I obviously quit my job in January, after months of wondering and hoping, while on maternity leave, that working from home would be a viable option. And it has been. Financially we are better off than if we were forking out for childcare. I’ve worked every hour that I’ve been afforded and raised my profile as a writer, social media manager, content creator and more. I wear many hats! So many hat’s that I need to buy a hat rack. As the summer ended and we wrapped up our holidays in Wexford, I thought more and more about my quality of life and how working from home was pulling me down in ways I wasn’t expecting.
As a work from home parent, you juggle everything, desperately hoping you won’t drop anything. As you struggle from room to room, from kid to kid, never sitting, always on the go, your brain is working twice as hard as you schedule work in your head. Even when I’m not working, I’m working because I have to be. Freelancing, being your own boss means you are solely responsible for your potential and your income. It’s exhausting. Family life alone is exhausting. Throw in a job that you have created and are figuring out how to manage is even more exhausting. With tiredness beating down an already worn body, I realised something had to give.
In the evenings, I work. At nap times, I work. On the loo, I work. TMI but it’s the truth. Anytime there isn’t a kid, or two, hanging off my leg, I’m guaranteed to be working. That means I have zero downtime. My brain does not switch off.
Over the summer, I noticed how this was affecting me. Because I felt this constant pull and draw to my work, I talked less, I met up with friends less, hell I texted less. My anxiety suffered as a result and my Fricking Flamingo came back to taunt me.
It didn’t just affect me. Papa Bear who spends his whole day in the office and feels a different kind of loneliness, felt the disconnect between us as I was stuck into work almost every night. When he comes home, he grapples to be back with me and needs his own downtime in the evenings. He needs to chat to Momma Bear, vent about his day, tell me the highs and lows but my head is deep into work and he barely gets two words out of me as all I can think of is deadlines, opportunities and clients.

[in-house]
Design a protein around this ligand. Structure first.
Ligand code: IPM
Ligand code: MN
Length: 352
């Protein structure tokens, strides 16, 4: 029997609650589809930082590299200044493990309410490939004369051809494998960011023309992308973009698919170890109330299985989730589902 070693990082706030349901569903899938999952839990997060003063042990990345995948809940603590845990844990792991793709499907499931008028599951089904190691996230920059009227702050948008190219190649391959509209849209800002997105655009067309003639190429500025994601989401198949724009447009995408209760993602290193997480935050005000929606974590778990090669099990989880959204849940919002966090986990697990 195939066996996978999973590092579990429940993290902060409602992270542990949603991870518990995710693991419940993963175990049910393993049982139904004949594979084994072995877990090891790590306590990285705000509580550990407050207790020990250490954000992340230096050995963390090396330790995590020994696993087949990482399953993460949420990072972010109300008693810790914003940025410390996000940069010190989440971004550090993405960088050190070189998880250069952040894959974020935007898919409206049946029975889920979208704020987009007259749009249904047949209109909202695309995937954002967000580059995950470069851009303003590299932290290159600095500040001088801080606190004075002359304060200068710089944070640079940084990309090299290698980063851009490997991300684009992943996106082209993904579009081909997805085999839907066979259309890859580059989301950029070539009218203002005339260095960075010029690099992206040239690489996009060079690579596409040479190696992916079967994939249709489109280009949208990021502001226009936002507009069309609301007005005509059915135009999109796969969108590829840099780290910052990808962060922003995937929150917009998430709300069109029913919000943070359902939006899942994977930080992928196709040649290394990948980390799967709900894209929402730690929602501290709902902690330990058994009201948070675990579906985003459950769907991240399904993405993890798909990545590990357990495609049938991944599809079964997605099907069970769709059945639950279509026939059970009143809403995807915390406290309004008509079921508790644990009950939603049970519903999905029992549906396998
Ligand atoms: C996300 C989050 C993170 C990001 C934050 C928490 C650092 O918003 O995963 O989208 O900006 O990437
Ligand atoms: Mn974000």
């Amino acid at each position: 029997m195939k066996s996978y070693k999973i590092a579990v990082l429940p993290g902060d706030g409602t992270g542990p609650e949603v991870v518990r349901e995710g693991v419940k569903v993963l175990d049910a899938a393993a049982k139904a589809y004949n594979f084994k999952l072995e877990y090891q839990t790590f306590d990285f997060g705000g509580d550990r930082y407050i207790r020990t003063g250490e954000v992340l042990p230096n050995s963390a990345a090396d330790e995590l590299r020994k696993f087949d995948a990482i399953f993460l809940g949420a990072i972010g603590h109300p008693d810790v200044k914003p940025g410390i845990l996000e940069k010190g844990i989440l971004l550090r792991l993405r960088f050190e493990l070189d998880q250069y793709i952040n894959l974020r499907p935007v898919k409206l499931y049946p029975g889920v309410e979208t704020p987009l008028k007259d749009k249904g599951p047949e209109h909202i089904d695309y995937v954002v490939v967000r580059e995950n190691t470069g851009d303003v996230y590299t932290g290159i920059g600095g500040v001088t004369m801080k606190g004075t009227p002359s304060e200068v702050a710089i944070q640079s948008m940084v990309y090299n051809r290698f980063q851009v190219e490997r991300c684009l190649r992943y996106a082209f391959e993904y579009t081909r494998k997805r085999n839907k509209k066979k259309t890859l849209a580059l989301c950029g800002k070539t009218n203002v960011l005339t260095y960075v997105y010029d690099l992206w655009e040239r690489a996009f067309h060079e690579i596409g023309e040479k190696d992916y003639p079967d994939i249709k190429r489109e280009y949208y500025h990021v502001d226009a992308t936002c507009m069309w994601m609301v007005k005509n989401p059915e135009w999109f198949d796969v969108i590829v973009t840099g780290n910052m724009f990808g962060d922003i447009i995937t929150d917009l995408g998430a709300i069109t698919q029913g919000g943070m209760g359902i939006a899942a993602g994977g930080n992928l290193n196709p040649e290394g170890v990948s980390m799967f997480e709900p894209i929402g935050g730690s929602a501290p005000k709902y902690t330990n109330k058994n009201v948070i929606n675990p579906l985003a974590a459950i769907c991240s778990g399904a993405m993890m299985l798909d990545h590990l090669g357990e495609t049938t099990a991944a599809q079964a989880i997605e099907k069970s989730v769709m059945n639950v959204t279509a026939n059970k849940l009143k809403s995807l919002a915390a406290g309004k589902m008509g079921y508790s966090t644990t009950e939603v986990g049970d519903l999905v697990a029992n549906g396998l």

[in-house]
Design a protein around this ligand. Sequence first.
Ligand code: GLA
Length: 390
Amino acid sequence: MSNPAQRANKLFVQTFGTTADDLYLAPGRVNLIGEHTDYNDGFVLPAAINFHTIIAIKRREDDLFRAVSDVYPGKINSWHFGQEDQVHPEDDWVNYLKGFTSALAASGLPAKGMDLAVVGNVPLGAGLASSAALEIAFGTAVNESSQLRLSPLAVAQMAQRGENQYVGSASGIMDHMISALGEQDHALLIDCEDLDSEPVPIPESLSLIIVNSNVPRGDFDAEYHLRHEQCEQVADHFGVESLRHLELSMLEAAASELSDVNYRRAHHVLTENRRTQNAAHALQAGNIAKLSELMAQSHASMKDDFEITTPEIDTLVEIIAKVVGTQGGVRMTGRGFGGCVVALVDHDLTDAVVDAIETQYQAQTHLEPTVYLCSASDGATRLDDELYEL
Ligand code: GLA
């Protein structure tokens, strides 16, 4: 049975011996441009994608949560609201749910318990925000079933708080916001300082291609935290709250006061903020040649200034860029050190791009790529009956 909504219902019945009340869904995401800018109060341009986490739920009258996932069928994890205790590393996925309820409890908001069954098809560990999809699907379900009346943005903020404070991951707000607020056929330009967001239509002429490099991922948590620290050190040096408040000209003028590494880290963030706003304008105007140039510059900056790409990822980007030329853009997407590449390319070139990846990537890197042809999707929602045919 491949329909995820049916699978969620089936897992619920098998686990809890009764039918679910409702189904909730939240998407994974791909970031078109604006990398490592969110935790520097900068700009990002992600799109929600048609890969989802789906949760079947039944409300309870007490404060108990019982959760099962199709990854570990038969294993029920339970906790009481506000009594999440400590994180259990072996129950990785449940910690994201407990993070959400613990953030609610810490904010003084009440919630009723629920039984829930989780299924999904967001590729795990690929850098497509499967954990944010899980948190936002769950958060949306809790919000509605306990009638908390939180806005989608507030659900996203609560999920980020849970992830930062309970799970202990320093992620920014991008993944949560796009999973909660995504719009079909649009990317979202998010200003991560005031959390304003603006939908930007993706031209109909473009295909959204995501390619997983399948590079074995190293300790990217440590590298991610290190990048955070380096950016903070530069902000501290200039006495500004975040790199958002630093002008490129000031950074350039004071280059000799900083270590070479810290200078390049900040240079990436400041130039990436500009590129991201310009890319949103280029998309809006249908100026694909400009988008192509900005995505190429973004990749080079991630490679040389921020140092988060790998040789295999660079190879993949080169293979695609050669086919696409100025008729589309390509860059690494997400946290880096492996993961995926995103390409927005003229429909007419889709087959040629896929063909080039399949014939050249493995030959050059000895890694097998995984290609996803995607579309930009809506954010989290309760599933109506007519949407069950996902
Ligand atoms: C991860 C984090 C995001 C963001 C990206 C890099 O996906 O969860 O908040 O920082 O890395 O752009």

Our quality of life wasn’t all it was cracked up to be despite me being home with the kids. This wasn’t how it was supposed to me. My work from home career has been more successful than I had hoped for or intended. I’m not complaining but I knew I needed to readjust life so that I could, well, live!
So, what to do, what to do?
I made a decision that a childminder for one simple day a week would make a world of difference to our lives. It would free up my time in the evenings, not every evening obviously but hopefully enough, so that I can feel like I have a life again. It’s only one day but it has a massive effect on my workload and how I can manage my clients for the week. Next week will be my first day working outside of the home again as I find a cafe with decent but cheap coffee. The local library will become my best friend and I may sneak in a Zumba class every now and again. I’m excited about it.
But I’m also feeling somewhat uncomfortable about it. I’m feeling guilty. Stupidly so, but feelings of doubt, guilt and worry always creep in especially when ypu work for yourself and constantly feel imposter syndrome. I’m there. I’m in the house. Do I really need childcare if I’m working home?
Yes, maybe, possibly.
I’m not the only one to venture down this path and ask this question. It all depends on your situation, I suppose. I adore my new job even though it’s a constant uphill sprint to keep things ticking over. Keeping clients happy, finding new clients, and throwing as many words together as possible to meet my wordcounts. Preferably in the right order.
Originally I thought getting a childminder was counter productive to what I was trying to achieve. I quit my job to be at home. Wasn’t that my primary objective? No, not necessarily. Finding my feet in a job I’ve always wanted while being able to work from home was my objective. To make that happen, sacrifices have to be made but not at the cost of my lifestyle. And when I say lifestyle, I mean being able to be there for my entire family. To be able to have long chats in the evening with Papa Bear and to be able to be there with the kids without my head being somewhere else as I thought about work. And to be able to switch off. My fricking flamingo depends on it to keep her at bay.
So yes, for me, childcare is a necessity so that I can find the balance on working from home and actually being at home – heart, mind and body.
How have you managed working from home? Was it as easy as you expected? Or harder? What sacrifices have you made?